GAZA, (Reuters) – Rival Palestinian security forces traded gunfire in southern Gaza on Tuesday as tensions soared in the strip after the killing of three young sons of one of President Mahmoud Abbas’s top intelligence officials.
Hospital officials said two members of Abbas’s security forces had been wounded, one seriously. A spokesman for the governing Hamas Islamist movement’s police force said two of their men had been wounded. One was in critical condition.
Both sides accused the other of starting the gunfight in the town of Khan Younis. The Hamas spokesman said members of Abbas’s forces had been protesting and attacking public buildings.
Abbas earlier ordered his security forces to deploy across Gaza after the killing of the three boys.
Tension between the moderate Abbas and Hamas has mounted since unidentified gunmen shot dead the children of Colonel Baha Balousha as they arrived at school on Monday. It was the first time children have been targeted in such an attack.
A senior official from Abbas’s Fatah faction, Hussein al-Sheikh, said the Hamas government bore responsibility. “Of course people very close to Hamas to say the least are behind the killings. We hold the government and the interior minister directly responsible,” Sheikh said. “These are mafias, killer gangs,” he added, referring to the perpetrators of the drive-by shooting.
Senior Hamas lawmaker Mushir al-Masri angrily denied the militant movement had anything to do with the attack. “It seems some Fatah leaders are exploiting the blood of innocent children to earn political gains. We hold those leaders fully responsible for the grave consequences that may result from the fabrication and lies they are making.”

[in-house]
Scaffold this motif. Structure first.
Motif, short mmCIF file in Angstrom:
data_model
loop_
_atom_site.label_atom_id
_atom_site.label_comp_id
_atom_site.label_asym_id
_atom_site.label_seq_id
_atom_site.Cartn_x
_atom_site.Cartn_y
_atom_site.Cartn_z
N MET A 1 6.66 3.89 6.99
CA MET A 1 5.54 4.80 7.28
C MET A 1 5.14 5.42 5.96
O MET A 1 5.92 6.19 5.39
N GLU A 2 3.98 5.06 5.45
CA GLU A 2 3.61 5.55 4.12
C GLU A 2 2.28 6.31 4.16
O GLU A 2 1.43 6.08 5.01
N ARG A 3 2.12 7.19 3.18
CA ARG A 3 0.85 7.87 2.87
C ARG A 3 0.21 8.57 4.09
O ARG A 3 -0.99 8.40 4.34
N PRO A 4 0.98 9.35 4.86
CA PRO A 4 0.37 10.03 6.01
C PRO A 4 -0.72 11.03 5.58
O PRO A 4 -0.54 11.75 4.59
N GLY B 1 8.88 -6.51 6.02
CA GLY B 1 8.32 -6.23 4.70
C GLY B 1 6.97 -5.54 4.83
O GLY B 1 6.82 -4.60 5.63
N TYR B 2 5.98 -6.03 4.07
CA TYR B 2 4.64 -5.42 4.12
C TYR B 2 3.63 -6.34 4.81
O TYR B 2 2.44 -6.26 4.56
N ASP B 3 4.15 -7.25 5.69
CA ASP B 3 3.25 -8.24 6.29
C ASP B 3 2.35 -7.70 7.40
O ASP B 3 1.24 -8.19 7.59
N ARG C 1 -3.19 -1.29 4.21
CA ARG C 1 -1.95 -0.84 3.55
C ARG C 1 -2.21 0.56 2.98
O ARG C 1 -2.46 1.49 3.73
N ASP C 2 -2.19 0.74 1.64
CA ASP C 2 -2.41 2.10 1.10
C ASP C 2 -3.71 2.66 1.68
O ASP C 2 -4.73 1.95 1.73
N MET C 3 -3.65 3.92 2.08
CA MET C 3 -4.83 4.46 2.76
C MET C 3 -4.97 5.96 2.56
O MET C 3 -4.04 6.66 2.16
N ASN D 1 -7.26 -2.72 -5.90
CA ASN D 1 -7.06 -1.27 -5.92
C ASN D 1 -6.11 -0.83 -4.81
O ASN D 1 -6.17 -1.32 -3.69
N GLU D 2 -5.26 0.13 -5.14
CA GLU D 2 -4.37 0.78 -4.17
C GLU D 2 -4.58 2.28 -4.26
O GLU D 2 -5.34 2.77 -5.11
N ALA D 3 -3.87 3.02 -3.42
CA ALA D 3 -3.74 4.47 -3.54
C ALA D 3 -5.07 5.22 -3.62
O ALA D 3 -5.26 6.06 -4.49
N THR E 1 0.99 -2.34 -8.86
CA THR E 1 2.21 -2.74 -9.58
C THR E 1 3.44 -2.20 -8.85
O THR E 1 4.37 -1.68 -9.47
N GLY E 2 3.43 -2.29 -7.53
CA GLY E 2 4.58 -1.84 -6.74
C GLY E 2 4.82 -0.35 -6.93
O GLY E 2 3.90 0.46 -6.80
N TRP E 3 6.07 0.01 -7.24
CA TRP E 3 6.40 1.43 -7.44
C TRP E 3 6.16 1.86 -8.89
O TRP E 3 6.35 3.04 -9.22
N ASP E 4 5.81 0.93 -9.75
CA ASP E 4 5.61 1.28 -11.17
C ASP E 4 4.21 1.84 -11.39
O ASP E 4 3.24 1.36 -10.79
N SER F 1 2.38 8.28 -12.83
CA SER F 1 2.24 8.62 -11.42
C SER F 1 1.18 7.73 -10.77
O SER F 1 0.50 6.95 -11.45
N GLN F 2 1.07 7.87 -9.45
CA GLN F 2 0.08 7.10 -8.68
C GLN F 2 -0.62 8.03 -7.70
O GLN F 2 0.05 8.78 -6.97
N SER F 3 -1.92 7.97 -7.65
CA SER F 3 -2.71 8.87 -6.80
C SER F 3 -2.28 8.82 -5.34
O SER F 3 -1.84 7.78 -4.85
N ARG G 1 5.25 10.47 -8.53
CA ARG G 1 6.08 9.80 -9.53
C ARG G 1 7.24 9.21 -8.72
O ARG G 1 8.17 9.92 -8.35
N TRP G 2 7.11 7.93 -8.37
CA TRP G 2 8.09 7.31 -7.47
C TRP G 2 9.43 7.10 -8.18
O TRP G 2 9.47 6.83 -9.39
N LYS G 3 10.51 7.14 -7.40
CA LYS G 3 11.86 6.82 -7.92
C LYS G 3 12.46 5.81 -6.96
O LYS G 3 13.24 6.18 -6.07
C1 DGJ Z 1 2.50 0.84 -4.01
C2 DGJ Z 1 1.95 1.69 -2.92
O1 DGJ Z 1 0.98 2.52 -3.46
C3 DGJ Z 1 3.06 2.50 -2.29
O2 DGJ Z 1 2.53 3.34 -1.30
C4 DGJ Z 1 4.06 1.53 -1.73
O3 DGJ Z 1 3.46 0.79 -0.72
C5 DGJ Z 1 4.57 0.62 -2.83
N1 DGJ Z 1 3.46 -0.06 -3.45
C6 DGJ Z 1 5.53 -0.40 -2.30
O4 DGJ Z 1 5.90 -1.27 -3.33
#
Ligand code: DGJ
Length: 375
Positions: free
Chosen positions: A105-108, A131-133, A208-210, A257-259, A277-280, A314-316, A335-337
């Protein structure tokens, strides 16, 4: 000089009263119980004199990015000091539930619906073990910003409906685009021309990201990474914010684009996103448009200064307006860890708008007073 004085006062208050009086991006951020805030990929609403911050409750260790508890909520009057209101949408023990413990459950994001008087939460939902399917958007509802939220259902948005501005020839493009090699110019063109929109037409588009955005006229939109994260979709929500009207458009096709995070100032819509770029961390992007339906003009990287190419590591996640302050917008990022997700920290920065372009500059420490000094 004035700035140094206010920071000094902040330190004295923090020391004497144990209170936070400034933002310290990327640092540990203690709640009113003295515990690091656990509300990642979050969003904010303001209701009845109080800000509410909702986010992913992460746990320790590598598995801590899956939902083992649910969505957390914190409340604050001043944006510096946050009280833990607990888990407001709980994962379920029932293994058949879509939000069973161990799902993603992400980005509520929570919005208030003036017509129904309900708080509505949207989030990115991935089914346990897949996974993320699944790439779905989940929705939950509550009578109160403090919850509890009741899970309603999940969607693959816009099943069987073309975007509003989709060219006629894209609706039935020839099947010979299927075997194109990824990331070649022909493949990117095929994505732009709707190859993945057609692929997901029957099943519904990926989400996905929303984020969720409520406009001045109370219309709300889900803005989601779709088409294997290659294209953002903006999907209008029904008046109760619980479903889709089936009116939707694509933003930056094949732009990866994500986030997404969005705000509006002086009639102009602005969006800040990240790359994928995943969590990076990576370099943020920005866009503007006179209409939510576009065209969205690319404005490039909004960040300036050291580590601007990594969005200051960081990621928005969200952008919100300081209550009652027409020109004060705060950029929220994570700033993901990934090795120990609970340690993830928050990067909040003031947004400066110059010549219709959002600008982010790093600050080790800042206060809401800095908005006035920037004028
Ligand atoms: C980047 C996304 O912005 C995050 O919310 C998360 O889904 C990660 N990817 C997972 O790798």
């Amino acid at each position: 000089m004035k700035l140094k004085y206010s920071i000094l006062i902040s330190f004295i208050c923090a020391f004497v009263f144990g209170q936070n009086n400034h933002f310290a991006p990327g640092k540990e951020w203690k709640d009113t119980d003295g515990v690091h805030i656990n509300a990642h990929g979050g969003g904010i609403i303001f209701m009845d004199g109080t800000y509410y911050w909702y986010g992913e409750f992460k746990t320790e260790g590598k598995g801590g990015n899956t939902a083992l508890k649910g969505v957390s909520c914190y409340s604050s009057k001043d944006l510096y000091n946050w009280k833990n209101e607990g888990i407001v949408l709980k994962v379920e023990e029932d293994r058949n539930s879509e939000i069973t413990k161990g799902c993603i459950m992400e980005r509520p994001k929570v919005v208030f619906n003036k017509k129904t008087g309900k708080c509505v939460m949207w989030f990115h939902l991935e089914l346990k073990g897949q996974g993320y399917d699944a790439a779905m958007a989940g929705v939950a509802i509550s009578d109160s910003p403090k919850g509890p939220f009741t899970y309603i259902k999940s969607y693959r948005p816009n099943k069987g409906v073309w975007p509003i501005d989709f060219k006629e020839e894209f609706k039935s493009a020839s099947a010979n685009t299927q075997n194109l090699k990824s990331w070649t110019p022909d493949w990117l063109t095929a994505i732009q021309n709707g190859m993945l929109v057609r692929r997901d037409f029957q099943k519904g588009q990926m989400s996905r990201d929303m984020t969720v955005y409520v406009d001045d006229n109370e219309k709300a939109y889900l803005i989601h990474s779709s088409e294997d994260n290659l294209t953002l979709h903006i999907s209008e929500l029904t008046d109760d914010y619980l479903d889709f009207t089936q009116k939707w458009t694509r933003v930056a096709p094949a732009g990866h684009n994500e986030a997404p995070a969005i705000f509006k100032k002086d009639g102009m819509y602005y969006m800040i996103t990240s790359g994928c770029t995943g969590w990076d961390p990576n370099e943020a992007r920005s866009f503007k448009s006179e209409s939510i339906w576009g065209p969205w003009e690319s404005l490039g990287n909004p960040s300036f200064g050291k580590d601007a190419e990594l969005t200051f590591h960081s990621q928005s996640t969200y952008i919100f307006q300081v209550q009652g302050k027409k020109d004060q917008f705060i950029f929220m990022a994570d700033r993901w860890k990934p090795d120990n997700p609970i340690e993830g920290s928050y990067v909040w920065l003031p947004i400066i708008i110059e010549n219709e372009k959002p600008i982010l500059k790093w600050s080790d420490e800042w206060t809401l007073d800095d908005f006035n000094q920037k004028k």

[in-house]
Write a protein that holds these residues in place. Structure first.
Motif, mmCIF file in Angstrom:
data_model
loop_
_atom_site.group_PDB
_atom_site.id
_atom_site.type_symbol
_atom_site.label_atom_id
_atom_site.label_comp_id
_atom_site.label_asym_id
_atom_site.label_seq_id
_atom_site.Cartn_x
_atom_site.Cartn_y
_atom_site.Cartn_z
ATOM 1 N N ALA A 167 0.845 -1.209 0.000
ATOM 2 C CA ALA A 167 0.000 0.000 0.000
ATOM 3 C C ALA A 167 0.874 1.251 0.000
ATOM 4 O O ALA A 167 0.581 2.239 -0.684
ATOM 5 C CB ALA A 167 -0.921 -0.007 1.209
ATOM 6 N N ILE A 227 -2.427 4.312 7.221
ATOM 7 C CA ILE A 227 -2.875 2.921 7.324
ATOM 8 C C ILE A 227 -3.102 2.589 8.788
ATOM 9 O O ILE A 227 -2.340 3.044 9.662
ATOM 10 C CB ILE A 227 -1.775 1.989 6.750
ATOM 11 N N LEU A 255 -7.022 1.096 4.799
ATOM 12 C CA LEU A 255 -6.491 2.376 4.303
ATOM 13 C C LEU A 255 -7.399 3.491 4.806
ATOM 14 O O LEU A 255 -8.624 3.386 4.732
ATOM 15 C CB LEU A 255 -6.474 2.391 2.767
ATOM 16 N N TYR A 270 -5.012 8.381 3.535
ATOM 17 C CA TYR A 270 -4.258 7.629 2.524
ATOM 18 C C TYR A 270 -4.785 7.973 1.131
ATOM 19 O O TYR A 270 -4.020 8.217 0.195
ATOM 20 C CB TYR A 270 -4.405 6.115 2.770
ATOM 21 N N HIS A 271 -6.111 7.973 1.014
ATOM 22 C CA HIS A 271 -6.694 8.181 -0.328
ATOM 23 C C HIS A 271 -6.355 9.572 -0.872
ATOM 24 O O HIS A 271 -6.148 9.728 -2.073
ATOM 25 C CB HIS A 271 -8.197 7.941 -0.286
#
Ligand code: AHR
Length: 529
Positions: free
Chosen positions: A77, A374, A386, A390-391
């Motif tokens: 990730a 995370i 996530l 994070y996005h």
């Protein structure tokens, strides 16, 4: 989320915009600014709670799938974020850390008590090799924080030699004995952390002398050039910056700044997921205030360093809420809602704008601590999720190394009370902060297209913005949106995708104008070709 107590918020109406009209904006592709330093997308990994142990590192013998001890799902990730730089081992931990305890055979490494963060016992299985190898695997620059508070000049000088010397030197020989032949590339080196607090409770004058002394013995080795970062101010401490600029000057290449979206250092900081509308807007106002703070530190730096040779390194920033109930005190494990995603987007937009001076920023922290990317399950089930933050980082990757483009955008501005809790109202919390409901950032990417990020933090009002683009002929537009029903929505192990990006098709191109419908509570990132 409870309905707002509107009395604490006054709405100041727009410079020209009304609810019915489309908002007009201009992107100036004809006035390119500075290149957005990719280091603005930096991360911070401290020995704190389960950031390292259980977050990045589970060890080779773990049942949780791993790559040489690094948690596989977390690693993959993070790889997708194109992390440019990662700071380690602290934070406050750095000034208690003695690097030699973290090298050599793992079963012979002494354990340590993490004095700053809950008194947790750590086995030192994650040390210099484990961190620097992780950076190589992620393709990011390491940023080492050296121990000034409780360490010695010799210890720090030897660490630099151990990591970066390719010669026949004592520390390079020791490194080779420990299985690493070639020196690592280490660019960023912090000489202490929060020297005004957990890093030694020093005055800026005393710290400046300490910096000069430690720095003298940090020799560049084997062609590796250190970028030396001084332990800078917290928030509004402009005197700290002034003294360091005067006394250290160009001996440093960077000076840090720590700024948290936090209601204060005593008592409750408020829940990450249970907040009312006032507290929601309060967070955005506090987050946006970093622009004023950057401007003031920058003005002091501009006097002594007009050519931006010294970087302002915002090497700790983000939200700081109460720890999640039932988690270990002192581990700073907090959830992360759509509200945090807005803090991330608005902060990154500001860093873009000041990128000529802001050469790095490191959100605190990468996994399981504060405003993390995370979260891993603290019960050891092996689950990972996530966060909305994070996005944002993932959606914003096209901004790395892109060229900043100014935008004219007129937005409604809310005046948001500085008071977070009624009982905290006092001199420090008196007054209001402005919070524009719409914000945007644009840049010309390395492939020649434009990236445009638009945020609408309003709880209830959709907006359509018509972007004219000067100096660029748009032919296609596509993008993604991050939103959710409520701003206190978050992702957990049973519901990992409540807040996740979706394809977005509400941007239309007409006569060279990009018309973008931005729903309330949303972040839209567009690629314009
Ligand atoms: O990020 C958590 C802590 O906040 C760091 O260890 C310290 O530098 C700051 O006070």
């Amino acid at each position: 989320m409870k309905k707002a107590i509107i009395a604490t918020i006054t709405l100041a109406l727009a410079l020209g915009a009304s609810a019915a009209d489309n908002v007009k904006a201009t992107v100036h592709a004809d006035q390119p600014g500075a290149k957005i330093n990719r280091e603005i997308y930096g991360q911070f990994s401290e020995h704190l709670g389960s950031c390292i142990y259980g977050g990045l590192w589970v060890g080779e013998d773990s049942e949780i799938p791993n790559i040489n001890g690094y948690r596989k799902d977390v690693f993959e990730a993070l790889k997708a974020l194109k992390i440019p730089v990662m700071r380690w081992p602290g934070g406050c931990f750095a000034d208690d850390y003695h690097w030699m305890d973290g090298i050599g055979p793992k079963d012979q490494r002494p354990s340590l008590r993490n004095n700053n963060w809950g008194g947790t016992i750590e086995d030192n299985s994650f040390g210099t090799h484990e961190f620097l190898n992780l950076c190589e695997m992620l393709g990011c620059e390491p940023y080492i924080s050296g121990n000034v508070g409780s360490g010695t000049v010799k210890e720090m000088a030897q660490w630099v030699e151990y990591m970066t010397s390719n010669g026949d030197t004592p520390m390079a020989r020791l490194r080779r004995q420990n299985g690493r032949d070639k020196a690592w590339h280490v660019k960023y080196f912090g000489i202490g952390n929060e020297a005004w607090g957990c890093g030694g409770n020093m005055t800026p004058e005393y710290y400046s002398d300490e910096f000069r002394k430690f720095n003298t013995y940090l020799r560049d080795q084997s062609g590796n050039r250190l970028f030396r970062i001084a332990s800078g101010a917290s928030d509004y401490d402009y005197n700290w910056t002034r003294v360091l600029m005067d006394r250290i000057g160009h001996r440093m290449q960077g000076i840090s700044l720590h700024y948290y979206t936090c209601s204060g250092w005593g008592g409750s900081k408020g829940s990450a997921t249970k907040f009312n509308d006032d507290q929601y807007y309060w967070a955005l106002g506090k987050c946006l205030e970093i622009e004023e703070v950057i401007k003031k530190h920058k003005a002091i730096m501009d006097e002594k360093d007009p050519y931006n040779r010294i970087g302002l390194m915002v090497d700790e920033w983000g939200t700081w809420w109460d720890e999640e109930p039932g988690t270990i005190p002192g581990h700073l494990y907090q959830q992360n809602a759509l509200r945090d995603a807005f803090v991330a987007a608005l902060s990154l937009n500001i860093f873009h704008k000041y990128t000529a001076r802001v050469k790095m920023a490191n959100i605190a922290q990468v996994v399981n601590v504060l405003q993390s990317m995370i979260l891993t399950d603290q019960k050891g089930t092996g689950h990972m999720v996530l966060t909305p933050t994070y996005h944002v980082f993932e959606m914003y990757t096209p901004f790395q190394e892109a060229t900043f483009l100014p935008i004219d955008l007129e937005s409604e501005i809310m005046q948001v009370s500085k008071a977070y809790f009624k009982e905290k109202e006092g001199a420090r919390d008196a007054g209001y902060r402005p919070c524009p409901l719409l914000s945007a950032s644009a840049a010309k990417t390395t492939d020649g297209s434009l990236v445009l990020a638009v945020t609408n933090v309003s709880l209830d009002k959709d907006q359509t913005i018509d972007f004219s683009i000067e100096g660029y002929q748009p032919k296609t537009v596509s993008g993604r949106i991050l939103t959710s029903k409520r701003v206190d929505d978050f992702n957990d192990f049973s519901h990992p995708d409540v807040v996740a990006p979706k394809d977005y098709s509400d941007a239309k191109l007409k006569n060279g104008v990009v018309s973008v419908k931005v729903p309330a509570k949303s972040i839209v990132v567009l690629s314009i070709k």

Scores of children on their way to school paid their respects at a mourning tent erected in Gaza City for the dead boys. They then set fire to tyres in the streets to protest the killings, sending clouds of black smoke into the air.
Angry mourners firing guns stormed the parliament compound on Monday during the funeral for the boys, aged 6 to 9.
Both Abbas and Prime Minister Ismail Haniyeh, a senior Hamas leader, said they had urged the authorities to find the killers.
Besides internal political unrest, Gaza is riven with clan fighting and a surge in crime following a Western aid embargo on the Hamas government that has deepened poverty.
Political tension has been rising over the failure of Hamas and the formerly dominant Fatah to form a unity government that Palestinians hope might end the Western boycott.
Abbas aides said the president planned to call early elections on Saturday after talks on a unity government foundered. But they said he would still leave the door open to dialogue with Hamas.
Hamas has accused Abbas of trying to topple the government, which came to power after beating Fatah in elections in January.
Unity talks broke down over Hamas’s rejection of Western demands that it recognise Israel, and its insistence on holding the interior and finance portfolios in any new government.
Abbas, a moderate who favours peace negotiations with Israel, was elected separately in early 2005.